BIRMINGHAM, Alabama — The word synonymous with the state’s largest city is “red.”

That comes from Red Mountain, a long, steep solid ridge running southwest to northeast along the southern side of the city. Birmingham is at the southern end of the ridge-and-valley region that runs into the Appalachian Mountains.

It’s chock full of iron ore, hence the name. Red Mountain Expressway cuts directly through the ridge. Iron is an ingredient for steel. Along with the water and limestone of Jones Valley, in which most of Birmingham sits, the mountain’s iron made the region a great place to forge steel. That’s the backbone on which Birmingham was formed. The city was incorporated during Reconstruction and quickly grew, its population jumping with each census which gave it the official nickname of “The Magic City.” It wasn’t until the 1970 census that population declined. One of Birmingham’s unofficial nicknames is the “Pittsburgh of the South.”

All that iss to say iron ore is a major part of the city’s history and it pays homage in a cool way. (Now we’re getting to the mooning part.)

They do it with a gigantic statue of Vulcan, the Roman god of fire.


Giuseppe Moretti, a sculptor and immigrant to the city, made the statue to represent Alabama at the St. Louis Expo of 1904. He came back home the following year and, frankly, was neglected: left in pieces for a bit, reassembled for a time.

He finally found a home at Vulcan Park atop Red Mountain overlooking Birmingham during the Great Depression as part of the W.P.A. He’s visible from a good part of the city and he’s served a pretty interesting purpose in the past: He once held a lighted beacon that would glow red at night if there had been a traffic fatality in the city. (Here’s a full timeline.)

They’ve had to do some work on him, repairing him several years ago and remounting him on his pedestal, slightly adjusted, some say, so his exposed posterior wasn’t mooning the city. Now, he basically moons Homewood, the suburb just over the mountain from Birmingham. Knowing the relationship between the two cities, you can’t wonder whether that was partially on purpose. I kid, of course.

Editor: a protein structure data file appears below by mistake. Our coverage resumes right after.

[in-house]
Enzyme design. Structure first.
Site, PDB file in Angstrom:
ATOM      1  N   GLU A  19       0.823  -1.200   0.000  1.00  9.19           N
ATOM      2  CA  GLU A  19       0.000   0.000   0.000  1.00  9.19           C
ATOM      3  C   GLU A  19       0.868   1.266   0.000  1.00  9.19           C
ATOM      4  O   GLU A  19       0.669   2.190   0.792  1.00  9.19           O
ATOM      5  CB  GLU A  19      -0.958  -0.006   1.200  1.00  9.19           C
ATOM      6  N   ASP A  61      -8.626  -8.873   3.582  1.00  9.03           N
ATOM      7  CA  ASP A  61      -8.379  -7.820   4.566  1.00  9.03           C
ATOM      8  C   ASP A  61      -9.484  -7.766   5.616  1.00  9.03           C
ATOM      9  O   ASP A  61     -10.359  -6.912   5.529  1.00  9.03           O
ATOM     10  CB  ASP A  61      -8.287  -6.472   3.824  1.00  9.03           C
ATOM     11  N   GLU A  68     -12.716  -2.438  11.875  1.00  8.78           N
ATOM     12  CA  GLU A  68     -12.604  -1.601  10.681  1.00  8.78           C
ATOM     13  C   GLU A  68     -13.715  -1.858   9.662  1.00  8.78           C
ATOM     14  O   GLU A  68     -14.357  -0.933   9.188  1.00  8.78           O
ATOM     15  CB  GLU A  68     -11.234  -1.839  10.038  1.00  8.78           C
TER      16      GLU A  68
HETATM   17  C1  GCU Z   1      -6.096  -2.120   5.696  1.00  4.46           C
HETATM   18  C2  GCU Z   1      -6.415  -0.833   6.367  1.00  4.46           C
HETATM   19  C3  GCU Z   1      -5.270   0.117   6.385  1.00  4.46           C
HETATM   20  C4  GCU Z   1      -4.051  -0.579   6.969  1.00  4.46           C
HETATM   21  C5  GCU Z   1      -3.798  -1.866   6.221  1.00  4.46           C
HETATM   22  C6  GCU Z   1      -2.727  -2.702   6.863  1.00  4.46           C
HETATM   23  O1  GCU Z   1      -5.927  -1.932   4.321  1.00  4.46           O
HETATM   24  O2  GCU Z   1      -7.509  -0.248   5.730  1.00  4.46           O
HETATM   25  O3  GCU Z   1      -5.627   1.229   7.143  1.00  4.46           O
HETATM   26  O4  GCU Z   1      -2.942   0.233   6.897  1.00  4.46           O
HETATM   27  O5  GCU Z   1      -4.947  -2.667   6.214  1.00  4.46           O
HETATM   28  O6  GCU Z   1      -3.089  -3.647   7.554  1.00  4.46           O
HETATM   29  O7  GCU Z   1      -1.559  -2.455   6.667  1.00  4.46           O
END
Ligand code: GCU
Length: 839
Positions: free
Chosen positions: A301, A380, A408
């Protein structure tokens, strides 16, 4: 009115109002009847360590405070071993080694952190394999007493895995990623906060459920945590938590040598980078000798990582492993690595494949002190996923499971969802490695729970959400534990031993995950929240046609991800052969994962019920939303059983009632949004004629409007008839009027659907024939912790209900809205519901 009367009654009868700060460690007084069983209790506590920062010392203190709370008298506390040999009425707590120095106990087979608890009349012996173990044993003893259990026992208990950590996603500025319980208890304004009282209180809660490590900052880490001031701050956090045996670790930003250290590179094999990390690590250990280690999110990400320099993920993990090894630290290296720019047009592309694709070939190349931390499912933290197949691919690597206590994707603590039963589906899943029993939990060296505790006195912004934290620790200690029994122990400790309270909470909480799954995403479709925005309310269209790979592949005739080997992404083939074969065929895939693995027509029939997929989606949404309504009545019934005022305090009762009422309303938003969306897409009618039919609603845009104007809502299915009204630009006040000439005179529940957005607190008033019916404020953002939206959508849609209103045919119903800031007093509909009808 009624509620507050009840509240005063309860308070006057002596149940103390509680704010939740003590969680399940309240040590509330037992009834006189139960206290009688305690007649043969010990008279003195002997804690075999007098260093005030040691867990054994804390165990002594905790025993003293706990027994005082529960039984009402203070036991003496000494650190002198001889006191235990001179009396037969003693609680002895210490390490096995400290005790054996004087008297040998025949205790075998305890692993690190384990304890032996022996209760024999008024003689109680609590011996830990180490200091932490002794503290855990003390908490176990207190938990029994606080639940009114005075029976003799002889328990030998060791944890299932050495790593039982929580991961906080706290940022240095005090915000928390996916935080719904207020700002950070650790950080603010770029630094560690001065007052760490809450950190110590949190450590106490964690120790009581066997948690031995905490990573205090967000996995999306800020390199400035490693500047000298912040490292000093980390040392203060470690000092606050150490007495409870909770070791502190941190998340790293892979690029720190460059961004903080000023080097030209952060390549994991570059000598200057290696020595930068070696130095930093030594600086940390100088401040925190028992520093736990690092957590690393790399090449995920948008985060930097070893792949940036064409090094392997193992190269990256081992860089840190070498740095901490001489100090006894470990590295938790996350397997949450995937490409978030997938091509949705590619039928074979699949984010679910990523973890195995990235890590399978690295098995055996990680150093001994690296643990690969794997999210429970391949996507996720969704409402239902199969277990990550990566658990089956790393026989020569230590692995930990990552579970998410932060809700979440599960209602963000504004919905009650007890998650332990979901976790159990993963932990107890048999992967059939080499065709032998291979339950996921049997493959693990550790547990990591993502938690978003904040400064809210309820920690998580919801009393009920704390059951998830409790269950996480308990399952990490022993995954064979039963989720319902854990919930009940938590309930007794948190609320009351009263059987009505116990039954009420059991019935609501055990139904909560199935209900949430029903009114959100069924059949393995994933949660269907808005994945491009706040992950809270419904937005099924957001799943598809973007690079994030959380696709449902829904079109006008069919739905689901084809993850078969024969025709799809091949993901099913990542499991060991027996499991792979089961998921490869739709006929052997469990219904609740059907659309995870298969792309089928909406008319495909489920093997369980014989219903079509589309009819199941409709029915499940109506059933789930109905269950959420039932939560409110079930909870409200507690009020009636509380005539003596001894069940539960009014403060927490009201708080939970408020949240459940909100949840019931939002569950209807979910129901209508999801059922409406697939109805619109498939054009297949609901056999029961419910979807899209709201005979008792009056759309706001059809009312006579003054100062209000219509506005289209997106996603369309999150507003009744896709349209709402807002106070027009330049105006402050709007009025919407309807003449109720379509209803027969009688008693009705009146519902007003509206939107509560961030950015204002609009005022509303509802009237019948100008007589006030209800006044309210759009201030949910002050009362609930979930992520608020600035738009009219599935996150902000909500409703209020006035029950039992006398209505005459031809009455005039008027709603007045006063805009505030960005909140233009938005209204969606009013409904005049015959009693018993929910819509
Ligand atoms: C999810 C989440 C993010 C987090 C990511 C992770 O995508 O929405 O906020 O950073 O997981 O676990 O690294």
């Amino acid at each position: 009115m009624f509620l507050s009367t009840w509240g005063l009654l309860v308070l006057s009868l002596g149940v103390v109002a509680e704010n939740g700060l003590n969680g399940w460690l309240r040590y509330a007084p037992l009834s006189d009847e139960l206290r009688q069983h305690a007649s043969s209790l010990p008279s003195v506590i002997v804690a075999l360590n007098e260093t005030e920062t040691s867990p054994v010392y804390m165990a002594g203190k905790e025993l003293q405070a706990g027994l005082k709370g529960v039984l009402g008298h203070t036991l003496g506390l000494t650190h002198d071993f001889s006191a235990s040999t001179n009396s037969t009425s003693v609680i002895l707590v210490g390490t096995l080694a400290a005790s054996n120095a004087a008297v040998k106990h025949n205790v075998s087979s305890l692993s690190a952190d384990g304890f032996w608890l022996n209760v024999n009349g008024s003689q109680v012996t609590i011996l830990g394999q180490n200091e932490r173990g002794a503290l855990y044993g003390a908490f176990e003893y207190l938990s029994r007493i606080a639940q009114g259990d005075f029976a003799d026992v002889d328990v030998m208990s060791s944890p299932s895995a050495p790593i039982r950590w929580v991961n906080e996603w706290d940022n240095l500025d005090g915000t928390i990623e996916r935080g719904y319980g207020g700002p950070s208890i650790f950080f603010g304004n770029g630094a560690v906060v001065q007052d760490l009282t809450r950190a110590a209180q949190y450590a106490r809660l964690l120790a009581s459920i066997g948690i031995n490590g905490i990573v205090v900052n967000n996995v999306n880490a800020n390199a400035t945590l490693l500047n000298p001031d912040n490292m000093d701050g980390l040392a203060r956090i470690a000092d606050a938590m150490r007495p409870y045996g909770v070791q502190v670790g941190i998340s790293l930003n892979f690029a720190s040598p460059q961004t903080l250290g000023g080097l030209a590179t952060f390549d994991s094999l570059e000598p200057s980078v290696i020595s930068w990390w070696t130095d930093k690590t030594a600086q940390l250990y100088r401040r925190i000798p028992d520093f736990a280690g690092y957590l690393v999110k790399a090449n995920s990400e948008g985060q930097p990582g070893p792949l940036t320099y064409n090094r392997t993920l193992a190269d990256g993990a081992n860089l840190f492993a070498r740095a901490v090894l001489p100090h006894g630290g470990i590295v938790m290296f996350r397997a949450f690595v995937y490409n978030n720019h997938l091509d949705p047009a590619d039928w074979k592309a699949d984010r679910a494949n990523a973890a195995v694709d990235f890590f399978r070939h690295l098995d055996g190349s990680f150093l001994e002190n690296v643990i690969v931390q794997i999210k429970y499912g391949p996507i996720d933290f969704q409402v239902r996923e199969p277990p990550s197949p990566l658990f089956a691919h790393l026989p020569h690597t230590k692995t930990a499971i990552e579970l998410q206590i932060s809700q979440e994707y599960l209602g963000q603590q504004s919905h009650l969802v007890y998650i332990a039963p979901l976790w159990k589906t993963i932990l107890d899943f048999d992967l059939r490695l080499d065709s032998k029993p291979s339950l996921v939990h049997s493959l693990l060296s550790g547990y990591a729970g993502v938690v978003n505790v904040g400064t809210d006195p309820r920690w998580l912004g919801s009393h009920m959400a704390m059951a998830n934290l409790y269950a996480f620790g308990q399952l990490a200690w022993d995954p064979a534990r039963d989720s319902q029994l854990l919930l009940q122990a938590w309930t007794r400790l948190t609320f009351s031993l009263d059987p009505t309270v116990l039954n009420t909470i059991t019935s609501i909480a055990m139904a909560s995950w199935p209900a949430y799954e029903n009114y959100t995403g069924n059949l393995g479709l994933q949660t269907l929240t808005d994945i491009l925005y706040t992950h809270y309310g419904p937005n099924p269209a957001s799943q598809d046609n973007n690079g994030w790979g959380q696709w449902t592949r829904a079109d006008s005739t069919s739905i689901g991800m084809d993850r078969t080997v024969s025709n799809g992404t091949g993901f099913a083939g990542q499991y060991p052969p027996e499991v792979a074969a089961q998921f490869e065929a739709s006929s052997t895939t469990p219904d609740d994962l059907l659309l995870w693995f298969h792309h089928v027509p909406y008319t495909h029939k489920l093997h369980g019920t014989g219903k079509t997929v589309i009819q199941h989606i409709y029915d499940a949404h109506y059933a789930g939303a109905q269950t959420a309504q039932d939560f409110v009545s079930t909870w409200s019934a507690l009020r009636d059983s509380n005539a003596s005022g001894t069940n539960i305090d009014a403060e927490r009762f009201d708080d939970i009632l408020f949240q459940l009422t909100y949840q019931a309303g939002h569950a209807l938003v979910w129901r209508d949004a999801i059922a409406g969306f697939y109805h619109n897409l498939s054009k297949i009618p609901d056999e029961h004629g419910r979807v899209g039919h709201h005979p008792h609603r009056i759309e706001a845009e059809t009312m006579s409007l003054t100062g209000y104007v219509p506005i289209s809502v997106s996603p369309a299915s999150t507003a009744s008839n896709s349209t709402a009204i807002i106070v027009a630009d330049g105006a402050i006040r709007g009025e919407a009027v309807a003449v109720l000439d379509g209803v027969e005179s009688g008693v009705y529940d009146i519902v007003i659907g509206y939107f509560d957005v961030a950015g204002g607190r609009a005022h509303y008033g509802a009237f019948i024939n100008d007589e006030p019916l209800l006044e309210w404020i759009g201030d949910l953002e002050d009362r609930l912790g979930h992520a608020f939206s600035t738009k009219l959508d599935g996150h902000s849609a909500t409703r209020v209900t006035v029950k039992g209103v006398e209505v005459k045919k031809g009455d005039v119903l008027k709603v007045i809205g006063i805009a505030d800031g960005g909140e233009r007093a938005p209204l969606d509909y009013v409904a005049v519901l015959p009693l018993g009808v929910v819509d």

Vulcan’s pedestal is an observation deck with great views of Birmingham and its Jones Valley neighbors.


Even on a hazy day, it’s possible to look toward Bessemer to the southwest, toward Fultondale to the north, all of Birmingham and to the east toward Irondale. 

There’s a museum at the base telling his story and the tale of Birmingham’s steel history, and a spacious meeting room with floor-to-ceiling windows. In front is a map inlaid in the pavement of the Birmingham area and where it’s resources are.

A ticket to the statue and park is good all day, and the night views are priceless. (Night views also are very popular — it’s a couples’ spot.)

I made it a point to visit Vulcan frequently. He was kind of a good luck charm for me while I lived there. When I recently passed through town I made sure to stop and say hello.

Another thing to mention is the Birmingham metro area has worked hard to develop a network of greenways and hike-and-bike trails connecting the area’s cities. One part of that, Vulcan Trail, traces along near the summit of Red Mountain from just below Vulcan toward Red Mountain Park. It’s a great tree-shaded walk with neat vistas of Birmingham.


Vulcan isn’t far off Interstates 20/59 and 65 through the city. Pay him a visit next time you’re passing through.

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